Riverside County has confirmed that mosquitos collected from the city of San Jacinto tested positive for West Nile virus.
The Riverside County Department of Environmental Health received confirmation July 21 from the Coachella Valley Mosquito and Vector Control District testing lab that mosquitos collected at the San Jacinto location tested positive. The samples were collected July 12 from the Sanderson and Cottonwood area.
It is not unusual for mosquitos in parts of Riverside County to test positive for the virus, especially during the summer. In 2015, 17 samples out of 713 tested positive.
The virus can be transmitted to humans and some animals through the bite of an infected mosquito. Most individuals who are infected will not experience any illness. Others will have only mild symptoms, such as fever, headache and body aches. However, young children, the elderly or individuals with lowered immune systems are at greater risk of more severe symptoms. Anyone with symptoms should contact their health care provider.
The department’s vector-control staff has intensified mosquito surveillance, as well efforts to control adult and larval mosquitos in this area to reduce the mosquito populations and interrupt the disease transmission cycle. Residents are encouraged to take an active role to reduce the threat of West Nile virus in their neighborhoods.
• Protect yourself against mosquito bites by using insect repellent. Use a repellent with DEET (N, N-diethyl-m-toluamide), picaridin (KBR 3023), oil of lemon eucalyptus [p-methane 3, 8-diol (PMD)] or IR3535 according to the instructions on the product label. DEET products should not be used on infants under two months old and should be used in concentrations of 30 percent or less on older children. Lemon eucalyptus oil should not be used on children under three years old.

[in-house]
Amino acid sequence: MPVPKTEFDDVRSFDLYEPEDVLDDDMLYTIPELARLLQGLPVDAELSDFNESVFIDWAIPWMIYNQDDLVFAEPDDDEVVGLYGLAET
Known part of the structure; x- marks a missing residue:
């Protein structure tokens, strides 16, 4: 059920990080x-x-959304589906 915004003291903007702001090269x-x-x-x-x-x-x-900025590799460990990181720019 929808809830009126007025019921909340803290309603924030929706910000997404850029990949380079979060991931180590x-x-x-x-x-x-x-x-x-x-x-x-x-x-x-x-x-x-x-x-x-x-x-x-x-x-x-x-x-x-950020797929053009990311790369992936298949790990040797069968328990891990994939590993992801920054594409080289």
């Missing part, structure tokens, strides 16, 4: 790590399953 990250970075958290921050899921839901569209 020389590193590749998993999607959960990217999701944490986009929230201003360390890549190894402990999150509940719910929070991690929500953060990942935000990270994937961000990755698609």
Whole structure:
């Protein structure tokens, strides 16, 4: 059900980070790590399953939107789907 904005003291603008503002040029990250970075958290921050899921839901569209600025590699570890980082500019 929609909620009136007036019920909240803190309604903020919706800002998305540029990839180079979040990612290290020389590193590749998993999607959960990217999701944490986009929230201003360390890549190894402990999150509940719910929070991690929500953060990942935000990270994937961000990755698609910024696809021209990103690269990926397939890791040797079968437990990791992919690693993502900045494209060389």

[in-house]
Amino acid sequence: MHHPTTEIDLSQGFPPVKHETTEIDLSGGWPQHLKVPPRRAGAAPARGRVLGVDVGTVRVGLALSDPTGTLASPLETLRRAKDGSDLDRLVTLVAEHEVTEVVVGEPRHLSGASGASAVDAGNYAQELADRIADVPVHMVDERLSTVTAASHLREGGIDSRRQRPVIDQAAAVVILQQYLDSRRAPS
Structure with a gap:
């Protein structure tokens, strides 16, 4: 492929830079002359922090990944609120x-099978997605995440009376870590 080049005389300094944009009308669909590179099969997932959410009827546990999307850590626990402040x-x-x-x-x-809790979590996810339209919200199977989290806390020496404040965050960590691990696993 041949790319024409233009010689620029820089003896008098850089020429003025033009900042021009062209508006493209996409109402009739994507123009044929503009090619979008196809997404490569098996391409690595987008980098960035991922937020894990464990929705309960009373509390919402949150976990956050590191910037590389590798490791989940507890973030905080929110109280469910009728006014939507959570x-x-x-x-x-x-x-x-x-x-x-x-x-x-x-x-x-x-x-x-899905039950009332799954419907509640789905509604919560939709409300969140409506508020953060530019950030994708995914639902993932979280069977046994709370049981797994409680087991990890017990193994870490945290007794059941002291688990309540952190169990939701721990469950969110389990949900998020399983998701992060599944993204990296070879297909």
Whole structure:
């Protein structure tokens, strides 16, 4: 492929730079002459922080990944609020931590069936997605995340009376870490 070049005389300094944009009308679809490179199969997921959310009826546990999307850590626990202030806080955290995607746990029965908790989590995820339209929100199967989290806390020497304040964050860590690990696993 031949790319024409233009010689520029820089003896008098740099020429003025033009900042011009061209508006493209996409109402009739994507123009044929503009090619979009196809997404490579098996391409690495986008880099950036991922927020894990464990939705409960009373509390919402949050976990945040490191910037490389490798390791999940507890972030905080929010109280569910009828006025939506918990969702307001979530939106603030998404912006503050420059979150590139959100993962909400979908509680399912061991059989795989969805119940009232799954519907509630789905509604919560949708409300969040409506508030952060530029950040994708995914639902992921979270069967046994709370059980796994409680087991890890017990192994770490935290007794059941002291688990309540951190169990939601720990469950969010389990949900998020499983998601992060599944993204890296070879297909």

• Be aware of peak mosquito hours. Dawn and dusk are peak biting times for many mosquitos. Consider rescheduling outdoor activities during that time. Report any day biting mosquitos to vector staff, stressing that you are being bitten during the day vs at dawn or dusk.
• Clothing can help prevent mosquito bites. Wear long-sleeves, long pants, and socks when outdoors to help keep mosquitos away from skin.
• Mosquito-proof your home. Drain standing water because mosquitos lay their eggs in standing water. Limit the number of places for mosquitos to breed by draining/discarding items that hold water. Check rain gutters and drains. Empty unused flowerpots and wading pools. Change water in birdbaths and pet bowls at least weekly.
• Keep mosquitos outside by having tightly fitting screens on all windows and doors.
Contact the Riverside County Vector Control program at (951) 766-9454 or your local vector-control district to report mosquito problems, request mosquito fish and report neglected pools or standing water as potential mosquito sources. Visit the department online at www.rivcoeh.org or our Facebook page https://www.facebook.com/RiversideCountyEH/ to obtain more information.